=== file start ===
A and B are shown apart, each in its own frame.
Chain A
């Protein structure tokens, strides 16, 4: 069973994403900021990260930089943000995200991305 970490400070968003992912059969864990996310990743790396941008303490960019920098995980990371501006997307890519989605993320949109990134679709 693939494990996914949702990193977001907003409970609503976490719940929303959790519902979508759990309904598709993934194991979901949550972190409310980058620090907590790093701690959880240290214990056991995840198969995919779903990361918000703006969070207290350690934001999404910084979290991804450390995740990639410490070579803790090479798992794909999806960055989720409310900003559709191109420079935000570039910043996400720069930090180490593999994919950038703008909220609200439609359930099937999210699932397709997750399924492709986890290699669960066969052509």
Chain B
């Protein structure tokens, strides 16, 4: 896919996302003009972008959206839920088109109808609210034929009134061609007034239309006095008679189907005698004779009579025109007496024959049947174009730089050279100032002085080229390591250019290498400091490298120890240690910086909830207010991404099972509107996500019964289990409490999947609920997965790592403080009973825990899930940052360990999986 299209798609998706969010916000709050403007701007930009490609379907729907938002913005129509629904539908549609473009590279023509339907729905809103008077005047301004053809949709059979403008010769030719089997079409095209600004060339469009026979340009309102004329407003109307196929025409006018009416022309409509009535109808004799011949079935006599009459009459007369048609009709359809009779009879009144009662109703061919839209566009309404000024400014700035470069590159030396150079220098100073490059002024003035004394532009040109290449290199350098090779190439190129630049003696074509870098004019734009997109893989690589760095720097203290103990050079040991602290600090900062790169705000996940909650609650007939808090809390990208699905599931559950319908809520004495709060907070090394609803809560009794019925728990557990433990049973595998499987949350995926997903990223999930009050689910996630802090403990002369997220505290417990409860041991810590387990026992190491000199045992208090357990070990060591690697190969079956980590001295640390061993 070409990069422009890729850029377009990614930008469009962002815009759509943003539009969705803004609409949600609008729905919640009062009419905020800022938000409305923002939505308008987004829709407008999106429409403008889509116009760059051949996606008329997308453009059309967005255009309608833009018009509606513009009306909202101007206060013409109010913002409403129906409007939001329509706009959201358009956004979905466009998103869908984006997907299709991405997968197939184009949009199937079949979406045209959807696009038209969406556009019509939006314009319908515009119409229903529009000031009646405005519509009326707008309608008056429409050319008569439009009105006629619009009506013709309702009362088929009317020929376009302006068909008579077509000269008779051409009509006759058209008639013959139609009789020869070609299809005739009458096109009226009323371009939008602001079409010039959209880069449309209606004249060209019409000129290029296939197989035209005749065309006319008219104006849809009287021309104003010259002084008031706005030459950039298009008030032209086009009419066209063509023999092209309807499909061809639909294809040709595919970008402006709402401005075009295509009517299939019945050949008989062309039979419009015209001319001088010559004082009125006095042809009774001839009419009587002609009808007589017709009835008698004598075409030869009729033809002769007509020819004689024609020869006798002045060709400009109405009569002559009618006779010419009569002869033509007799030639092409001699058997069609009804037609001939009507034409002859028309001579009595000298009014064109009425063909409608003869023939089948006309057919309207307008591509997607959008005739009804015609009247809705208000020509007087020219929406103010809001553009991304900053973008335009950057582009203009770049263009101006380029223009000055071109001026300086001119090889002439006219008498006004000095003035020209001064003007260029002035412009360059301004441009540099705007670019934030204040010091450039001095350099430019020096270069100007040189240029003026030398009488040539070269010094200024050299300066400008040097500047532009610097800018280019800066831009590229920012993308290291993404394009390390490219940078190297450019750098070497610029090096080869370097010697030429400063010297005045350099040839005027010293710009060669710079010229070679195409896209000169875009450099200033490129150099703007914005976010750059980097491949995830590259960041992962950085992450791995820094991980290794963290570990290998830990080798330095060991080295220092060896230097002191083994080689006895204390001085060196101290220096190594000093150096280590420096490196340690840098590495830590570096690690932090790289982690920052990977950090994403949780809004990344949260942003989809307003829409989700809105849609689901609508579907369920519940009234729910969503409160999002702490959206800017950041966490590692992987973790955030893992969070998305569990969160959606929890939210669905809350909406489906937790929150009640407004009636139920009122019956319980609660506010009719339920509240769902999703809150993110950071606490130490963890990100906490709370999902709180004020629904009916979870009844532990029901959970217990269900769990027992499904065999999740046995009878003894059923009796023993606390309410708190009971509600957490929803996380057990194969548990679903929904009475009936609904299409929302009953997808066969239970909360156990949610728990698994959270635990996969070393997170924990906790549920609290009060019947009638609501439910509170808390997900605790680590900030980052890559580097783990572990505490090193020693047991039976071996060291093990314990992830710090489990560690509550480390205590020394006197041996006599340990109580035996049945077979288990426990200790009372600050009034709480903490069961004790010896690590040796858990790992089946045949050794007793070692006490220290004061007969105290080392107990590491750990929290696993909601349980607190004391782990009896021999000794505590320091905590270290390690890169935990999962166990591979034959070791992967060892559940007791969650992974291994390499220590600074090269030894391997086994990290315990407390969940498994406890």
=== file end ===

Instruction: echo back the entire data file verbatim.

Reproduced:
A and B are shown apart, each in its own frame.
Chain A
């Protein structure tokens, strides 16, 4: 069973994403900021990260930089943000995200991305 970490400070968003992912059969864990996310990743790396941008303490960019920098995980990371501006997307890519989605993320949109990134679709 693939494990996914949702990193977001907003409970609503976490719940929303959790519902979508759990309904598709993934194991979901949550972190409310980058620090907590790093701690959880240290214990056991995840198969995919779903990361918000703006969070207290350690934001999404910084979290991804450390995740990639410490070579803790090479798992794909999806960055989720409310900003559709191109420079935000570039910043996400720069930090180490593999994919950038703008909220609200439609359930099937999210699932397709997750399924492709986890290699669960066969052509």
Chain B
């Protein structure tokens, strides 16, 4: 896919996302003009972008959206839920088109109808609210034929009134061609007034239309006095008679189907005698004779009579025109007496024959049947174009730089050279100032002085080229390591250019290498400091490298120890240690910086909830207010991404099972509107996500019964289990409490999947609920997965790592403080009973825990899930940052360990999986 299209798609998706969010916000709050403007701007930009490609379907729907938002913005129509629904539908549609473009590279023509339907729905809103008077005047301004053809949709059979403008010769030719089997079409095209600004060339469009026979340009309102004329407003109307196929025409006018009416022309409509009535109808004799011949079935006599009459009459007369048609009709359809009779009879009144009662109703061919839209566009309404000024400014700035470069590159030396150079220098100073490059002024003035004394532009040109290449290199350098090779190439190129630049003696074509870098004019734009997109893989690589760095720097203290103990050079040991602290600090900062790169705000996940909650609650007939808090809390990208699905599931559950319908809520004495709060907070090394609803809560009794019925728990557990433990049973595998499987949350995926997903990223999930009050689910996630802090403990002369997220505290417990409860041991810590387990026992190491000199045992208090357990070990060591690697190969079956980590001295640390061993 070409990069422009890729850029377009990614930008469009962002815009759509943003539009969705803004609409949600609008729905919640009062009419905020800022938000409305923002939505308008987004829709407008999106429409403008889509116009760059051949996606008329997308453009059309967005255009309608833009018009509606513009009306909202101007206060013409109010913002409403129906409007939001329509706009959201358009956004979905466009998103869908984006997907299709991405997968197939184009949009199937079949979406045209959807696009038209969406556009019509939006314009319908515009119409229903529009000031009646405005519509009326707008309608008056429409050319008569439009009105006629619009009506013709309702009362088929009317020929376009302006068909008579077509000269008779051409009509006759058209008639013959139609009789020869070609299809005739009458096109009226009323371009939008602001079409010039959209880069449309209606004249060209019409000129290029296939197989035209005749065309006319008219104006849809009287021309104003010259002084008031706005030459950039298009008030032209086009009419066209063509023999092209309807499909061809639909294809040709595919970008402006709402401005075009295509009517299939019945050949008989062309039979419009015209001319001088010559004082009125006095042809009774001839009419009587002609009808007589017709009835008698004598075409030869009729033809002769007509020819004689024609020869006798002045060709400009109405009569002559009618006779010419009569002869033509007799030639092409001699058997069609009804037609001939009507034409002859028309001579009595000298009014064109009425063909409608003869023939089948006309057919309207307008591509997607959008005739009804015609009247809705208000020509007087020219929406103010809001553009991304900053973008335009950057582009203009770049263009101006380029223009000055071109001026300086001119090889002439006219008498006004000095003035020209001064003007260029002035412009360059301004441009540099705007670019934030204040010091450039001095350099430019020096270069100007040189240029003026030398009488040539070269010094200024050299300066400008040097500047532009610097800018280019800066831009590229920012993308290291993404394009390390490219940078190297450019750098070497610029090096080869370097010697030429400063010297005045350099040839005027010293710009060669710079010229070679195409896209000169875009450099200033490129150099703007914005976010750059980097491949995830590259960041992962950085992450791995820094991980290794963290570990290998830990080798330095060991080295220092060896230097002191083994080689006895204390001085060196101290220096190594000093150096280590420096490196340690840098590495830590570096690690932090790289982690920052990977950090994403949780809004990344949260942003989809307003829409989700809105849609689901609508579907369920519940009234729910969503409160999002702490959206800017950041966490590692992987973790955030893992969070998305569990969160959606929890939210669905809350909406489906937790929150009640407004009636139920009122019956319980609660506010009719339920509240769902999703809150993110950071606490130490963890990100906490709370999902709180004020629904009916979870009844532990029901959970217990269900769990027992499904065999999740046995009878003894059923009796023993606390309410708190009971509600957490929803996380057990194969548990679903929904009475009936609904299409929302009953997808066969239970909360156990949610728990698994959270635990996969070393997170924990906790549920609290009060019947009638609501439910509170808390997900605790680590900030980052890559580097783990572990505490090193020693047991039976071996060291093990314990992830710090489990560690509550480390205590020394006197041996006599340990109580035996049945077979288990426990200790009372600050009034709480903490069961004790010896690590040796858990790992089946045949050794007793070692006490220290004061007969105290080392107990590491750990929290696993909601349980607190004391782990009896021999000794505590320091905590270290390690890169935990999962166990591979034959070791992967060892559940007791969650992974291994390499220590600074090269030894391997086994990290315990407390969940498994406890």